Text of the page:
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WFTHN  March 2017

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Subject:

CFP British Medical Television Conference

From:

Joanna MacDonnell <[log in to unmask]>

Reply-To:

Joanna MacDonnell <[log in to unmask]>

Date:

Thu, 30 Mar 2017 14:42:00 +0100

Content-Type:

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Apologies for Cross Posting

Call for Papers
Conference
British Medical Television 
 
Film and Screen Studies, School of Media, University of Brighton
27-28 July, 2017 (deadline 24 April)
 
Proposals are invited for an interdisciplinary 2 day conference at the University of Brighton
 
In response to the British government’s imposed changes to junior doctor contracts in 2015, actors from the BBC’s hospital drama Holby City and Channel 4’s hospital comedy The Green Wing joined marches and picket line protests alongside NHS workers. An episode of Holby City entitled ‘Handle with Care’ (2016) drew attention to the plight of “marvellous junior doctors” and the serious problems created by NHS reforms. The explicit foregrounding of social and political issues within television hospital drama is not new, but medical programmes like Casualty, Holby City, Call The Midwife, and One Born Every Minute appear to have become primary cultural spaces where political tensions are played out.
 
Within this political and ideological landscape of Tory cuts, austerity, threats of privatisation, editorial control and neo-liberalism, this conference suggests that to consider the history, politics, production and public role of British medical television is timely and urgent. The genre, both fictional and factual, has a long and rich history. And yet, despite its longevity, its broad appeal, and its resonance within the political and cultural national landscape, British medical television has not been the subject of much academic interest. Whilst academics have recognised the significance of US dramas such as ER and Grey’s Anatomy, programmes like Casualty – the longest running medical drama in the world – have been largely neglected.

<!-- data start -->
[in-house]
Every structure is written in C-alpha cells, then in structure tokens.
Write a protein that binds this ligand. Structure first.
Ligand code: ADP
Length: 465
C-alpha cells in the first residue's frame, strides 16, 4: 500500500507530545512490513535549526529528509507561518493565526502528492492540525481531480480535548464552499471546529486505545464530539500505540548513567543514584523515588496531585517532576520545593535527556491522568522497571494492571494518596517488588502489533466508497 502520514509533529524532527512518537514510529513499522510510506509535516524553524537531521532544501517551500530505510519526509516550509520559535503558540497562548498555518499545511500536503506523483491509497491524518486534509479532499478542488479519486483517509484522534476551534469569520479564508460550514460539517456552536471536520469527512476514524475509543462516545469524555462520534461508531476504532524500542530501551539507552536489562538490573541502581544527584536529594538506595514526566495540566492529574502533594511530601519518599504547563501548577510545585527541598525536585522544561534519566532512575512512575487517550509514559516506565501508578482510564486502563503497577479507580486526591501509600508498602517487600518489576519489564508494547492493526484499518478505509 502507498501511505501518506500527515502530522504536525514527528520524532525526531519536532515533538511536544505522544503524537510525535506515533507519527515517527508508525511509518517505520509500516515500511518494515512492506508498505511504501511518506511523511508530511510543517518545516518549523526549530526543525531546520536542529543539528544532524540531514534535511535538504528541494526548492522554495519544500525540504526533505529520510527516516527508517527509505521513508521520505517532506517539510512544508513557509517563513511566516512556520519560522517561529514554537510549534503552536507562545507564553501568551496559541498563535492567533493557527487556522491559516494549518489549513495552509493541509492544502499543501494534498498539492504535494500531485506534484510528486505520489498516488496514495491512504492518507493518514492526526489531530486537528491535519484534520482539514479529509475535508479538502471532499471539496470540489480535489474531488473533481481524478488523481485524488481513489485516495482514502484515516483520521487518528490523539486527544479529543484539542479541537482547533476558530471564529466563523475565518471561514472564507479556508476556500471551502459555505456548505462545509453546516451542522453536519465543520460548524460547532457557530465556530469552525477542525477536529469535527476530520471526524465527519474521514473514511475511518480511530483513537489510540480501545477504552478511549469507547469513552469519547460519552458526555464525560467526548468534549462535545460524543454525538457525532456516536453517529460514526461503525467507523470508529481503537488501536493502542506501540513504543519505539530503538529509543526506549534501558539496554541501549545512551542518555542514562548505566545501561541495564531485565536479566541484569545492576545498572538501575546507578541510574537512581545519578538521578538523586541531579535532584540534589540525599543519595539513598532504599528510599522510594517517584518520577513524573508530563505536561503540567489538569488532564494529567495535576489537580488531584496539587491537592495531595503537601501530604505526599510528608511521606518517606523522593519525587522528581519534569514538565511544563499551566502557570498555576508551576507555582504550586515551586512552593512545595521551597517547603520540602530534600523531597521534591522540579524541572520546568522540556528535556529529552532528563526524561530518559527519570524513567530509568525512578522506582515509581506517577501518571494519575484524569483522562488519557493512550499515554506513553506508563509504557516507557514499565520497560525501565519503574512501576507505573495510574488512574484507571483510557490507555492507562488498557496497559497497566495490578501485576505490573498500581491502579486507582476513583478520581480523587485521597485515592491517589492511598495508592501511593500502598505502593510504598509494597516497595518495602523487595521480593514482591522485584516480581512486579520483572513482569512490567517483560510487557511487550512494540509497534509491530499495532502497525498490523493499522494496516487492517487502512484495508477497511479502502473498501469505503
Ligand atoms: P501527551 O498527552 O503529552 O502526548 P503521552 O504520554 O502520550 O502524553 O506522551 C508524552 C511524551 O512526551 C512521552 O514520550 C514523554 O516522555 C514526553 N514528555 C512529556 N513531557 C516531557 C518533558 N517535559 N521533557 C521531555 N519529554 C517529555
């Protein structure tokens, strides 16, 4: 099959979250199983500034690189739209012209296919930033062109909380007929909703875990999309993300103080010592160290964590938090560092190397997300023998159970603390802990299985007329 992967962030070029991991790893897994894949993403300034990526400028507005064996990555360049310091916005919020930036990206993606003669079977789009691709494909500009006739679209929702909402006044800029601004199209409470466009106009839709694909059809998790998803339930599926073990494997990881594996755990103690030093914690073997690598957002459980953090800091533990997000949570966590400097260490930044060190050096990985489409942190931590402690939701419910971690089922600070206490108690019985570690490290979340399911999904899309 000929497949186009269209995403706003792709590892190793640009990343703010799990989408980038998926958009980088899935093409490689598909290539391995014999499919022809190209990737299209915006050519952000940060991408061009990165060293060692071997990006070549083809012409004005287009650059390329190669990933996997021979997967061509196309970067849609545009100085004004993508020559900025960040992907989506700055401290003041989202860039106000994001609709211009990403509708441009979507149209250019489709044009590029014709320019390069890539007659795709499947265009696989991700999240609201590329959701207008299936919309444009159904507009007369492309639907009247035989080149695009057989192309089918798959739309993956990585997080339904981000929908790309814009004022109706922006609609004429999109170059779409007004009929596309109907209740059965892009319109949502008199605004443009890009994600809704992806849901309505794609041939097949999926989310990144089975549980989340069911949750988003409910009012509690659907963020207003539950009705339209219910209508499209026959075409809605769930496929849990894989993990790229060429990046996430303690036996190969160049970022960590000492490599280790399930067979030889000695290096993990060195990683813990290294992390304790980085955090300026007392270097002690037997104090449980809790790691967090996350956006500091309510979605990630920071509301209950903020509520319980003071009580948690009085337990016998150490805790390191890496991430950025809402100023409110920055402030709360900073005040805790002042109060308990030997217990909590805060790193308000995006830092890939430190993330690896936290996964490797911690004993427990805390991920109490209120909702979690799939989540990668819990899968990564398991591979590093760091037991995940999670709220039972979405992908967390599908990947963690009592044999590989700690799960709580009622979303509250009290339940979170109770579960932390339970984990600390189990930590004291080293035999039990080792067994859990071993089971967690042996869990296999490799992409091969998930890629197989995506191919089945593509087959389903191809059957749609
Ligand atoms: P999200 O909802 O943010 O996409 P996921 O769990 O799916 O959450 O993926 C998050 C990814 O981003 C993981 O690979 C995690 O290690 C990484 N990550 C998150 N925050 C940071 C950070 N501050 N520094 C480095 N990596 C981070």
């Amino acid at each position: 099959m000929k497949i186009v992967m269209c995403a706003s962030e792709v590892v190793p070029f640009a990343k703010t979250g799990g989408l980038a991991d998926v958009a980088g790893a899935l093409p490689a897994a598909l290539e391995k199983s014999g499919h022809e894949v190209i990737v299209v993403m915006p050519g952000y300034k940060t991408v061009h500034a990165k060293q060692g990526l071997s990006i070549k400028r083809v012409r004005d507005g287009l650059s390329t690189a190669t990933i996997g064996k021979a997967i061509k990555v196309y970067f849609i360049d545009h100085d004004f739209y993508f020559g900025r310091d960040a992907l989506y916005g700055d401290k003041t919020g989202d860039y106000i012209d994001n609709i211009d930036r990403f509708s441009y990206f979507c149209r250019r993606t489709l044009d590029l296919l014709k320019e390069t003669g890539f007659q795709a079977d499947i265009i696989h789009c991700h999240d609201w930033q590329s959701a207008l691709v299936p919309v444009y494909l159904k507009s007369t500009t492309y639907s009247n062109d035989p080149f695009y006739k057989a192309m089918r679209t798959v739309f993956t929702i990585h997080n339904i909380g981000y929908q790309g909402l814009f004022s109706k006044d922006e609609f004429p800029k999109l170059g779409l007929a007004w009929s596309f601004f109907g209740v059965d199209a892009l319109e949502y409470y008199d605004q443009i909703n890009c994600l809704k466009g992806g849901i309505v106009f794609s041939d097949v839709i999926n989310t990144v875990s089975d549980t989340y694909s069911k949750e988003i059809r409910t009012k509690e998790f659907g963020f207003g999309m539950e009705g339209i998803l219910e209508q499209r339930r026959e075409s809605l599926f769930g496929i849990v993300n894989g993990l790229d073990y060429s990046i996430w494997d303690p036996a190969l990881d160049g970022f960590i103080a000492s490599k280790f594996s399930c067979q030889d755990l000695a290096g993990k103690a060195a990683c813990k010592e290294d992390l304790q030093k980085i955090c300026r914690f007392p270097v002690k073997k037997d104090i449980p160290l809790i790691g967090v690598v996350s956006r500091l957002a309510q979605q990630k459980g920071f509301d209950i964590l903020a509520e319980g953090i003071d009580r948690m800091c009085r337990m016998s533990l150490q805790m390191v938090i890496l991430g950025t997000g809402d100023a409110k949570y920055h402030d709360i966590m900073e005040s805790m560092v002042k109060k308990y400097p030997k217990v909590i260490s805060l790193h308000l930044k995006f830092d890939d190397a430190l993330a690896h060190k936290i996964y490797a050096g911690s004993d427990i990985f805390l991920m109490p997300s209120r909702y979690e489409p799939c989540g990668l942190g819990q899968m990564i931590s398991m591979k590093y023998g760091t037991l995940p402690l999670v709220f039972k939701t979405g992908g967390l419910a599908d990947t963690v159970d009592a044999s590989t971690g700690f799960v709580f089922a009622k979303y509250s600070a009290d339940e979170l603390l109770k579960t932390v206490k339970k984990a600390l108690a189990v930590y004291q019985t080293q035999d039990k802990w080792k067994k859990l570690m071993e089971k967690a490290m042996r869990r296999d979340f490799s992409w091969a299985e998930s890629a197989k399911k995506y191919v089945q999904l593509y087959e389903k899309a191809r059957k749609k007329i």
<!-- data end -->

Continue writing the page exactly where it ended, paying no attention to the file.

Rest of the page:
This conference offers a unique opportunity for scholars across academic disciplines to engage with a strand of British television that has too long been ignored within the academy. We seek to consider questions such as: 
 
•      What ideological and political purposes are served by TV programmes dealing with medical issues, and how do they shape public understandings of healthcare?
•      Do programmes like Holby City and Casualty serve as a vehicle for the BBC to tell its own story about the impact of government intervention and the ideological dismantling of the BBC? 
•      What impact will the tendering out of BBC programmes to independent production have on the potential ideological relationship between the BBC and national politics?
•      How are the political schemas of programmes like Holby City and Casualty reflected in other forms of medical television broadcast on UK commercial television?
•      How do genres such as reality TV and documentary engage with medical issues?
 
The conference aims to map out the rich history of medical programming on British television and to engage with the complex relationships between the NHS, British broadcasting, and the state. 
 
Indicative texts from a range of genres include, but are not restricted to:
 
Casualty
General Hospital
Doc Martin
Holby City
Call The Midwife
999
What’s Your Emergency
Junior Doctors
24 Hours in A& E
Embarrassing Bodies
Operation Ouch
Doctor in The House
Only When I Laugh
 
 
Possible approaches include: 
History of medical programming
Children’s medical television
Education
Dietetics
Exposure of the body
Trauma
Politics 
Identity 
Audiences
Broadcast policies
Public service broadcasting and the commercial sector
Spectacle and visual effects
Space and place
Production cultures
Expert knowledge
Drama and quality TV
Narrative and storytelling
Stardom and performance
Christmas specials
Neglected television
Medical authority and authenticity
Realism
 
The conference will be held at the University of Brighton on 27 and 28 July 2017. Please send abstracts of 300 words plus 100-word bio by Monday 24 April 2017 (please copy to all three organisers): 
 
Dr Louise FitzGerald [log in to unmask]
Dr Douglas McNaughton [log in to unmask]
Ms Joanna MacDonnell [log in to unmask]
 
Website: http://arts.brighton.ac.uk/study/pmis/events/british-medical-television-conference/

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